On July 26, 2017, the U.S. Department of Justice (“DOJ”) filed an amicus brief in an employment discrimination case pending before the U.S. Court of Appeals for the Second Circuit. In Zarda v. Altitude Express, Inc., the plaintiff alleged he had been discriminated against based upon sexual orientation in violation of Title VII of the Civil Rights Act of 1964 (“Title VII”).
The DOJ amicus brief argued that, although Title VII prohibits sex discrimination in employment, it does not proscribe sexual orientation discrimination. The brief emphasized that, until recently, federal Courts of Appeal uniformly held that sexual orientation bias is not unlawful under Title VII. The brief added: “Any efforts to amend Title VII’s scope should be directed to Congress rather than the courts.”
Nevertheless, on February 26, 2018, the Second Circuit ruled en banc that Title VII bars discrimination based on sexual orientation. Prior to the ruling, other Circuits had been evenly split on the issue. On April 4, 2017 an en banc decision by the Seventh Circuit in Hively v. Ivy Tech Community College of Indiana concluded “discrimination on the basis of sexual orientation is a form of sex discrimination” outlawed by Title VII. On March 10, 2017, the Eleventh Circuit in in Evans v. Georgia Regional Hosp. found (by a 2-1 vote) it could not recognize sexual orientation claims under Title VII.
For its part, the U.S. Supreme Court declined on December 11, 2017 to take up the issue of whether Title VII addresses sexual orientation discrimination.
So, why have two federal appellate courts embraced the opposite view of that asserted by the DOJ? Simply stated, the courts found sexual orientation discrimination to be a form of sex discrimination. Four arguments were cited in support of this conclusion.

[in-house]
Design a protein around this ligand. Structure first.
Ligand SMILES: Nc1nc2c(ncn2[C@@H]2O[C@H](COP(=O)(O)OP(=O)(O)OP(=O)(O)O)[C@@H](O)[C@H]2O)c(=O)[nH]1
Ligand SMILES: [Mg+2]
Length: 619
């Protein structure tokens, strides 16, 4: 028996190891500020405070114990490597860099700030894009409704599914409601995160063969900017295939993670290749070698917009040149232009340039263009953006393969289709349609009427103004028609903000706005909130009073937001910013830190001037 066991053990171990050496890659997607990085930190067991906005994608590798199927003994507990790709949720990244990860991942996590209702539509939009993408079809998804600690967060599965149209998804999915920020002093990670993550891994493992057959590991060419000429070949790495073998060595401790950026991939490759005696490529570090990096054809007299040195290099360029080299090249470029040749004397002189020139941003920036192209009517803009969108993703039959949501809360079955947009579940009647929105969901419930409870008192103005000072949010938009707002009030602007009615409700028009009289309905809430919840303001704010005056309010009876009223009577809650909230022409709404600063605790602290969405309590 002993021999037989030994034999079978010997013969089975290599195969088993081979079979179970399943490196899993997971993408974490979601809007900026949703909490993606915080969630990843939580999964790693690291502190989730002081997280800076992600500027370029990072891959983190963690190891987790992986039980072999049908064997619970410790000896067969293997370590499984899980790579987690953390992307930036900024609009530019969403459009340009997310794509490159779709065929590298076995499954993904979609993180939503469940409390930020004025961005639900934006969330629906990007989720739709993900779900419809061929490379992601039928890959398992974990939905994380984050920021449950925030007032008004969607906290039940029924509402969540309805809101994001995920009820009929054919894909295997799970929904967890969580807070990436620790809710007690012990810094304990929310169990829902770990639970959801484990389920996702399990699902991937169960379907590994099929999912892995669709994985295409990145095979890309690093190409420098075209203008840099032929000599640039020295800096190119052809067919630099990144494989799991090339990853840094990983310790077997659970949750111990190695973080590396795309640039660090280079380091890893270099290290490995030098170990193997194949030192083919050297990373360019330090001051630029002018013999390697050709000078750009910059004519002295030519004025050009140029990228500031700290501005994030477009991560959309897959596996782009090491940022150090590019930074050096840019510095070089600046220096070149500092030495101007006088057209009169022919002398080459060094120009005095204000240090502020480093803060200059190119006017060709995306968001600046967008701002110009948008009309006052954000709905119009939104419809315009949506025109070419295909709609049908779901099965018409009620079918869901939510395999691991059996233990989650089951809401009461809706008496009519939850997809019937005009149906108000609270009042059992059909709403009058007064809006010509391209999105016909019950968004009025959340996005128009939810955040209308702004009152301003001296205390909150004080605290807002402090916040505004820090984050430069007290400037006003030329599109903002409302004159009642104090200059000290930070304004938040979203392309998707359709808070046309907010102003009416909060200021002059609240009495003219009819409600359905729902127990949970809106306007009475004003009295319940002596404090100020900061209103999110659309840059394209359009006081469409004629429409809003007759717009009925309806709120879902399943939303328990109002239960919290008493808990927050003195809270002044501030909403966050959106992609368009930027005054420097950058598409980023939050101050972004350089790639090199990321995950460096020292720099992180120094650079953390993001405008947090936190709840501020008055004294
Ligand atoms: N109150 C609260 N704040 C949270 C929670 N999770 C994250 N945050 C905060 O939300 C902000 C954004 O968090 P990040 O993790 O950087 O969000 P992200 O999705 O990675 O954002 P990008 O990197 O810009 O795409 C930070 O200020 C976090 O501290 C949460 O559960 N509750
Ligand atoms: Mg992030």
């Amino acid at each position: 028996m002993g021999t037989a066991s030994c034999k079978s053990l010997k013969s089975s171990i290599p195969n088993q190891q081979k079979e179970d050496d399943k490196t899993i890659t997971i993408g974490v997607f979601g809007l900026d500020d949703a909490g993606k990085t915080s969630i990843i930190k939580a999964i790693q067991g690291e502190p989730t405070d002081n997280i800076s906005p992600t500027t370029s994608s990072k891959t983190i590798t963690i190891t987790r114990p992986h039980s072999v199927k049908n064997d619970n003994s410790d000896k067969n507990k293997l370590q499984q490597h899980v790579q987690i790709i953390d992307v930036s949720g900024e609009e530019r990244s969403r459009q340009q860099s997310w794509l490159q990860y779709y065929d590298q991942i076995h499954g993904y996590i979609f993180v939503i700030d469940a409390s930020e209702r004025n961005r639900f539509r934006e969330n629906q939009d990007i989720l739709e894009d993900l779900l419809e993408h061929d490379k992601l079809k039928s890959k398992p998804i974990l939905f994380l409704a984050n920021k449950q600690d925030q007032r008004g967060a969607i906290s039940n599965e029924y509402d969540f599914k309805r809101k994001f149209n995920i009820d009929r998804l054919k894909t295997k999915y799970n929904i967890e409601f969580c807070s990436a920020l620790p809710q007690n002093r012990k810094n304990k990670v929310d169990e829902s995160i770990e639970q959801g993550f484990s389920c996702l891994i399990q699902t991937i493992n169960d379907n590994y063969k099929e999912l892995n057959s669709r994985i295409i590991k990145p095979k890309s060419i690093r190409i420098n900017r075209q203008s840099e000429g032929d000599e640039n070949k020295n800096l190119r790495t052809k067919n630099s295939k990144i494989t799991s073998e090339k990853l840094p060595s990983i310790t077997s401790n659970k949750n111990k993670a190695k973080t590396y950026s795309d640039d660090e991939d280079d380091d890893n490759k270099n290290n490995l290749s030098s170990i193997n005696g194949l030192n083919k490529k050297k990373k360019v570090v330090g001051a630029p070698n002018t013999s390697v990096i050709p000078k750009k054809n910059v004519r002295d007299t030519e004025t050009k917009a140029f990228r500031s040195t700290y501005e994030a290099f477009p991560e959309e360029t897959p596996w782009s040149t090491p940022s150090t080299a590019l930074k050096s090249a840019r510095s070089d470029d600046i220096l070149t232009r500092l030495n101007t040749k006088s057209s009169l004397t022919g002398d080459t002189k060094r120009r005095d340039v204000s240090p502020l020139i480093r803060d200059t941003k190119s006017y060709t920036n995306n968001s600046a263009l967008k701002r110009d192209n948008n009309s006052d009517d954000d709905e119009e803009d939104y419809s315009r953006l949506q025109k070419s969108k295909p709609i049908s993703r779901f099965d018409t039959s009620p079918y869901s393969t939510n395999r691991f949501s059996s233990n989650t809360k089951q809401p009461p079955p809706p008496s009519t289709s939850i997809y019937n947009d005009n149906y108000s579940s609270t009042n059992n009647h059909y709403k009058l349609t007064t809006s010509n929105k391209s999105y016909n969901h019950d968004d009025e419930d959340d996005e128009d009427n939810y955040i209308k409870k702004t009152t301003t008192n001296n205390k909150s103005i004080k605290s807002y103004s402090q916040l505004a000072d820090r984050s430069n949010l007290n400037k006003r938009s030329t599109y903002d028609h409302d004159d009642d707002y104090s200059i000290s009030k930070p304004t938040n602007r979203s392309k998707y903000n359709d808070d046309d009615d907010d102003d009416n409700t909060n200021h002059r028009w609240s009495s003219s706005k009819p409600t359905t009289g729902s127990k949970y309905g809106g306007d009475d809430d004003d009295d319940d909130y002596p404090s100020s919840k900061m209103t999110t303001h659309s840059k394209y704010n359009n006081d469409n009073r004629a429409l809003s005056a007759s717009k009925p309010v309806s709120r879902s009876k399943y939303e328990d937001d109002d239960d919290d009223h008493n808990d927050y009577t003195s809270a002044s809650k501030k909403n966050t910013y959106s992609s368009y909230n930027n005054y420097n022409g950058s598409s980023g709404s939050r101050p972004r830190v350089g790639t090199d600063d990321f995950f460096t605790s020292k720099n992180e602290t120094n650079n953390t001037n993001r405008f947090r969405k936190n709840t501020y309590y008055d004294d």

First, the Seventh Circuit in Hively noted a lesbian or gay man “represents the ultimate case of failure to conform to a gender stereotype (at least as understood in a place such as modern America, which views heterosexuality as the norm and other forms of sexuality as exceptional); she [or he] is not heterosexual.” The court continued: “Any discomfort, disapproval, or job decision based on the fact that the complainant—woman or man— dresses differently, speaks differently, or dates or marries a same-sex partner, is a reaction purely and simply based on sex.”
Second, the Seventh Circuit in Hively observed “a person who is discriminated against because of the protected characteristic of one with whom she [or he] associates is actually being disadvantaged because of her [or his] own traits.” The Court found this to be just as true for sex discrimination as race discrimination.
Third, the Second Circuit in Zarda opined: “… the most natural reading of the statutes prohibition of on discrimination ‘because of sex’ is that it extends to sexual orientation discrimination because sex is necessarily a factor in sexual orientation.”
Finally, as to the previously uniform rejection of sexual orientation claims under Title VII, the Seventh Circuit in Hively cited the need “to take a fresh look” at the issue “in light of developments at the Supreme Court extending over two decades.” The Second Circuit in Zarda cited a change of position by the Equal Employment Opportunity Commission and the Hively opinion.
At the district court level, the impact of the en banc decisions at the Seventh and Second Circuits has already been felt. Steadily since Spring 2017, new Title VII suits have been filed alleging sexual orientation discrimination. With Hively and Zarda providing non-frivolous arguments for the reversal of existing law in other circuits, sanctions are not a deterrent to such suits. Indeed, such suits carry the hope that other circuits or the U.S. Supreme Court will eventually follow the lead of the Seventh and Second Circuits.
To be sure, the Supreme Court may eventually decide that Congressional, not judicial, action is needed to expand the scope of Title VII to sexual orientation discrimination. In the meantime, however, employers must manage the risk of sexual orientation discrimination suits even in states which do not have state laws barring such discrimination.